Though the regulatory climate may be challenging here in Ontario, the market and desire for the types of products we can produce is overwhelming and what I think will make it all possible in the next few years. If our farmer's market is any indication, it is obvious that people have a genuine interest in having people like us provide unique foods for them. This is our weekly motivation to try and overcome the various challenges here.

J: How do you cope during the months when the sheep don't give milk?

S: There is no doubt that seasonal milking has advantages and disadvantages. The advantages are you don't have to drag yourself out of bed in the morning to a cold barn to milk sheep at -30°C, the disadvantage is you have to manage the cash flow much more diligently than if you were milking year round. Sheep are generally still very seasonal in nature and it will be at least a few years before they manage to get them to breed and milk year round. It took the cow guys at least 50 years to get to where they are today. Winter milking is expensive in terms of extra feed and energy and there is not much of a price bonus for doing so. Most European countries still milk their sheep seasonally though it is during the dry, hot summer season that they don't milk. For millenia farmers have dealt with seasonality by making the best of when the milk is flowing by producing a variety of cheeses to last for the year, using the fact that ruminants in early gestation don't require much feed and making lots of hay when the sun shines.

Our aim is to make enough cheese to last through the winter and try and keep expenses (feed and energy) low during the off season. We enjoy doing other things (spinning, painting, printmaking) and the slower pace of winter will I hope allow us to do that.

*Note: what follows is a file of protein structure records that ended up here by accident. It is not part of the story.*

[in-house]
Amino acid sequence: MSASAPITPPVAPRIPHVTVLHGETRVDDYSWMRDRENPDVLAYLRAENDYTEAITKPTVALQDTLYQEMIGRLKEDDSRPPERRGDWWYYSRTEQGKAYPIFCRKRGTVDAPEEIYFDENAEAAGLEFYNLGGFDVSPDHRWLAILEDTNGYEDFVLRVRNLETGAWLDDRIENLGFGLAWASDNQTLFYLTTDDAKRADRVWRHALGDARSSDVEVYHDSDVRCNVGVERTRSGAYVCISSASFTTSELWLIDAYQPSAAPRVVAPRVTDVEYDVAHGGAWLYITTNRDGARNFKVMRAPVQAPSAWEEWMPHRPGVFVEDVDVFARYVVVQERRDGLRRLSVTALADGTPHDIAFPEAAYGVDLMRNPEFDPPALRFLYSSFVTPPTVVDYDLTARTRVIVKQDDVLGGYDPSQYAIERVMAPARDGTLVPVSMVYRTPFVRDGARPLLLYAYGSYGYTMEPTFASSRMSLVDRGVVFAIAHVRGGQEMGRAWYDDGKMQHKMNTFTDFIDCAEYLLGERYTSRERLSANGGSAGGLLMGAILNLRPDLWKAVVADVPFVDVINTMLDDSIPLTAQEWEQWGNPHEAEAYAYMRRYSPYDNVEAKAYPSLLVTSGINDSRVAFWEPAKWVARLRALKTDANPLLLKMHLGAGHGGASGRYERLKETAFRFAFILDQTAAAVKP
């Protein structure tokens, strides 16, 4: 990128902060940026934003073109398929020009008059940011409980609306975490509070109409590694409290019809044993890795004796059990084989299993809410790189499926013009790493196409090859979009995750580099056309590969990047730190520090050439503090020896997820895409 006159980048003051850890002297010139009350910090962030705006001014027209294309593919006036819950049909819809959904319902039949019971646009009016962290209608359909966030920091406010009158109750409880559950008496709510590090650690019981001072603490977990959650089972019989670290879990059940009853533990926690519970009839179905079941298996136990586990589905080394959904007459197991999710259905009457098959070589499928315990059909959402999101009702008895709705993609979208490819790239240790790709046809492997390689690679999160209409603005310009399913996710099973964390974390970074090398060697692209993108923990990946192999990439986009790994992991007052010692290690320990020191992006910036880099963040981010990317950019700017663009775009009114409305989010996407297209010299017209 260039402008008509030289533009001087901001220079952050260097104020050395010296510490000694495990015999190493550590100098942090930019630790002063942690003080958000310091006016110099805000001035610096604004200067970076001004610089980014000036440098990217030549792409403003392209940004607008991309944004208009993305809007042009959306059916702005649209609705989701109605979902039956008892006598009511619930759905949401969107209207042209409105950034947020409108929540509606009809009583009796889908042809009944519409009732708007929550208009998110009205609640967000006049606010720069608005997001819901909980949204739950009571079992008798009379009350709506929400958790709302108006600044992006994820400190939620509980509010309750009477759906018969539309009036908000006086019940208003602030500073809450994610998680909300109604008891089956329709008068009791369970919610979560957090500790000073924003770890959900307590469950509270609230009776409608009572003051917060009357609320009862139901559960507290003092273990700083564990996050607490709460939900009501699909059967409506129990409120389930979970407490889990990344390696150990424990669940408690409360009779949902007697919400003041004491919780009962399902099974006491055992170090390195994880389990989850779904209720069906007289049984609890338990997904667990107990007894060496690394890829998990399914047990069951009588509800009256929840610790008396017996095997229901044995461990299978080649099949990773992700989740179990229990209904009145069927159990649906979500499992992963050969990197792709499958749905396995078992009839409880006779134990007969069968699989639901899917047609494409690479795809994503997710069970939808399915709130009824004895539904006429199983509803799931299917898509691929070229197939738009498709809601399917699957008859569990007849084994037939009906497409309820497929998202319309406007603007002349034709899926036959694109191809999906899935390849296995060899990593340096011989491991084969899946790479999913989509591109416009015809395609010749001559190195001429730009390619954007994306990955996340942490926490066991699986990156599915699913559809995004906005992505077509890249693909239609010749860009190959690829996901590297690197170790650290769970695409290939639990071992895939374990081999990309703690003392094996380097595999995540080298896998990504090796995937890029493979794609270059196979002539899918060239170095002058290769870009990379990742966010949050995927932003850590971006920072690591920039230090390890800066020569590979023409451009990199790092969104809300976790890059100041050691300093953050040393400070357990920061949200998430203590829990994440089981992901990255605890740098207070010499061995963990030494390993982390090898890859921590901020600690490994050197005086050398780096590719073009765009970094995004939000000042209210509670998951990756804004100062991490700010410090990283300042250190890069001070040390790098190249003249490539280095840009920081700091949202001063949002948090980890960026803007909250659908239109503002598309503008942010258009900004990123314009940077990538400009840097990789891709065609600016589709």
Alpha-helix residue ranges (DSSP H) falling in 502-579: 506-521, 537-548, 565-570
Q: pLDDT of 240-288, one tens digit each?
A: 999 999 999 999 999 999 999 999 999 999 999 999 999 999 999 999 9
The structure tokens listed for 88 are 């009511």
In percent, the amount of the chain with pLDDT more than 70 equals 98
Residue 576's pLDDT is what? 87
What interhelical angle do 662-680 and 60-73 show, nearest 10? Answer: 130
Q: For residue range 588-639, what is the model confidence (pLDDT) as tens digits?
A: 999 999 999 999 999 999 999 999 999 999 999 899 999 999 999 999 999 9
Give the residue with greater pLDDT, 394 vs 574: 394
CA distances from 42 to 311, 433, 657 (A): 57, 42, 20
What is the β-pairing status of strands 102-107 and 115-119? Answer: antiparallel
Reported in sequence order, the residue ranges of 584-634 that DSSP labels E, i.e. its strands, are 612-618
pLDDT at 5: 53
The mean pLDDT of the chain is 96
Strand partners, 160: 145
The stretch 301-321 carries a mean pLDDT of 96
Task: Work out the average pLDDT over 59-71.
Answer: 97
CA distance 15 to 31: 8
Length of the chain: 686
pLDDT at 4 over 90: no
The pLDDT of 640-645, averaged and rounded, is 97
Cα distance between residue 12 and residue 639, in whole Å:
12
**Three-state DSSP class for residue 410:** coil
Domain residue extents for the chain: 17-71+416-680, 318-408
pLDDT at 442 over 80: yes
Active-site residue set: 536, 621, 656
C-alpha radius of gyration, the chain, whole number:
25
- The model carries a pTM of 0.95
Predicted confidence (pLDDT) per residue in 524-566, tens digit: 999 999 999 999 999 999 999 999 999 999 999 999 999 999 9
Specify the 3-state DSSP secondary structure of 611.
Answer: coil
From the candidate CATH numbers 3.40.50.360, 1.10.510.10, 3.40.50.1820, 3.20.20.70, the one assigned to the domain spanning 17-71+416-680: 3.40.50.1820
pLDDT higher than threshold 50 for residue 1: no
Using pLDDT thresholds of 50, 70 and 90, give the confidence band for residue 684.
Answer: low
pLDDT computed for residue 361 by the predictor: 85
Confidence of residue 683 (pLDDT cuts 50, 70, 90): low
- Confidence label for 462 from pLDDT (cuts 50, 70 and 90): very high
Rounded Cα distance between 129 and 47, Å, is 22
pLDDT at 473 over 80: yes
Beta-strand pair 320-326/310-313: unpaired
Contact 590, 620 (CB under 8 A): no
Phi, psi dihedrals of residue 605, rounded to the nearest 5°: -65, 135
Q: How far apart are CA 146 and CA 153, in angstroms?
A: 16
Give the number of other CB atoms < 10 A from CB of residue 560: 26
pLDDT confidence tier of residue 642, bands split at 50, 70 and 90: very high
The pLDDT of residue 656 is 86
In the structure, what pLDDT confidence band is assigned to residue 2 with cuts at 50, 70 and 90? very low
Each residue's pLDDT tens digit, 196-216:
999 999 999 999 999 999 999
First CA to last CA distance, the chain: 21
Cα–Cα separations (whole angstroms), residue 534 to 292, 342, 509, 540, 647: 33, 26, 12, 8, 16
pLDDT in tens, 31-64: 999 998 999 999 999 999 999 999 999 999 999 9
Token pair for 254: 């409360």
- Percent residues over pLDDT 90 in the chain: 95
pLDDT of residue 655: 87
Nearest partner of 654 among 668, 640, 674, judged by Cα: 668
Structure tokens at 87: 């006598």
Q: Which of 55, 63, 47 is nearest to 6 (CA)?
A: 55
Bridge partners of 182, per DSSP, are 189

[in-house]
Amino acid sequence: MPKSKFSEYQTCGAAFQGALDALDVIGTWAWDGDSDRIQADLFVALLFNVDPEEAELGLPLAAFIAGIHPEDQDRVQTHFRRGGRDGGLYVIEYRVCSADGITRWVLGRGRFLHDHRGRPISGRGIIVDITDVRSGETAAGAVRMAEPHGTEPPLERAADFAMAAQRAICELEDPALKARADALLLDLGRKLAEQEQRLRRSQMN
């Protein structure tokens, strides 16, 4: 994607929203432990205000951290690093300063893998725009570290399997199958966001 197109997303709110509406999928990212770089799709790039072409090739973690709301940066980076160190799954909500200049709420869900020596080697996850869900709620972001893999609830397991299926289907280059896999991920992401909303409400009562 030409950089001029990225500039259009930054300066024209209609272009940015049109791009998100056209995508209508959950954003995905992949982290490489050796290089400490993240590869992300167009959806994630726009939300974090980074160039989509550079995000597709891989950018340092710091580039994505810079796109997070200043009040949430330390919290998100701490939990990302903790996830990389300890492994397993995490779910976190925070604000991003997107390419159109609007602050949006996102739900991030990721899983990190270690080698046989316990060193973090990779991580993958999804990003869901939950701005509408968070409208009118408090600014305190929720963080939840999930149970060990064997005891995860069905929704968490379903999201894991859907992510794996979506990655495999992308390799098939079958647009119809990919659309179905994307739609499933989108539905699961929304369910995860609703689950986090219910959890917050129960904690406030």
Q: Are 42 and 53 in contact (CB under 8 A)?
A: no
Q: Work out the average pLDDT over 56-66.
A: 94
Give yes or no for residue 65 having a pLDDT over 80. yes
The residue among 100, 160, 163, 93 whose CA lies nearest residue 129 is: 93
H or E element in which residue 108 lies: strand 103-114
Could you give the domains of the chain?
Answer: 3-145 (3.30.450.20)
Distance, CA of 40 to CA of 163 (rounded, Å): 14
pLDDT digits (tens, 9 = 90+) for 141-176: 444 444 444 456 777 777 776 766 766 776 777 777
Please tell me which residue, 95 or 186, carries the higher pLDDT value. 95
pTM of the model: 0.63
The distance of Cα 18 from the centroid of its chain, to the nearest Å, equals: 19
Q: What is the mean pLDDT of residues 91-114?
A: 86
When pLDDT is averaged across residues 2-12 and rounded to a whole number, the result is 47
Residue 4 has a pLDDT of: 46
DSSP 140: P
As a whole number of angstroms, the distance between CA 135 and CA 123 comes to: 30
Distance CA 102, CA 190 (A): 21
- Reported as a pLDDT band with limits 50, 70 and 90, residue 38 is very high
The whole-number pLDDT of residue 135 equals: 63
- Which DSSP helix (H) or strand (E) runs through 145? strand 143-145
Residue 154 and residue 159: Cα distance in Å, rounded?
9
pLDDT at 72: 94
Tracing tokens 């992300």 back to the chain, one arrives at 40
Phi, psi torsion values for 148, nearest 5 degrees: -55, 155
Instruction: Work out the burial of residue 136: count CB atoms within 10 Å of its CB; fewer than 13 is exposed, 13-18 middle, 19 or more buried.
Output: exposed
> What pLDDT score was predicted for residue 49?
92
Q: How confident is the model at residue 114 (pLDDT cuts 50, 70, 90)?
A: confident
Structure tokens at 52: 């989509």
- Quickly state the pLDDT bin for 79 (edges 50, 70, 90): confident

J: I love your Violet Hill, and I believe you developed the recipe for Ewenity's Ramembert, but I've only read about your other cheeses. Tell me about the range of cheeses you make, and (if it's not top-secret) about cheeses in development...

S: We make:

Violet Hill (mould ripened lactic cheese with ash);
Creemore (mould ripened camembert type similar to Ramembert);
Feta (brine ripened greek cheese);
Honeywood (raw milk natural rind hard);
Lavender (raw milk blue veined cheese);
Brebis Frais (fresh lactic cheese).

These are the main ones though I do occasionally make a sheep milk mozzarella, paneer and ricotta/mizethra when time permits and the spirit moves! I would love to find a a way to make all our cheeses raw milk ones, mainly because pasterization has various regulations that are complicated and I inherently like to keep things simple. The problem is that 2 of our best selling cheeses, Violet Hill and Creemore, are best eaten when less than 60 days. I'm hoping to try some experiments this winter to see if the Creemore at least could be made to last 60 days. Also, there are other cheeses I'd like to experiment with especially some that use local ingredients such as herbs and leaves as wrappings.

J: I was thrilled to see that Andy Shay of Shay Cheese is featuring Violet Hill in his current Cheese Box. Where else can people get a hold of your cheeses?

S: During the Creemore Farmers' market the best place to get our cheeses is at our booth there, but come early we often sell out (Victoria day weekend to Thanksgiving weekend). When the market isn't on we try and keep a stock of cheeses at the farm and recommend people call first to confirm we have what they want. As we process more cheese we will expand to small specialty shops in and around TO and other outlets such as Andy Shay. At this point we want to stay local and supply our local markets first before venturing further. I think it's important to be able to put a face to our cheeses and that's why we'll always try and sell them directly to people.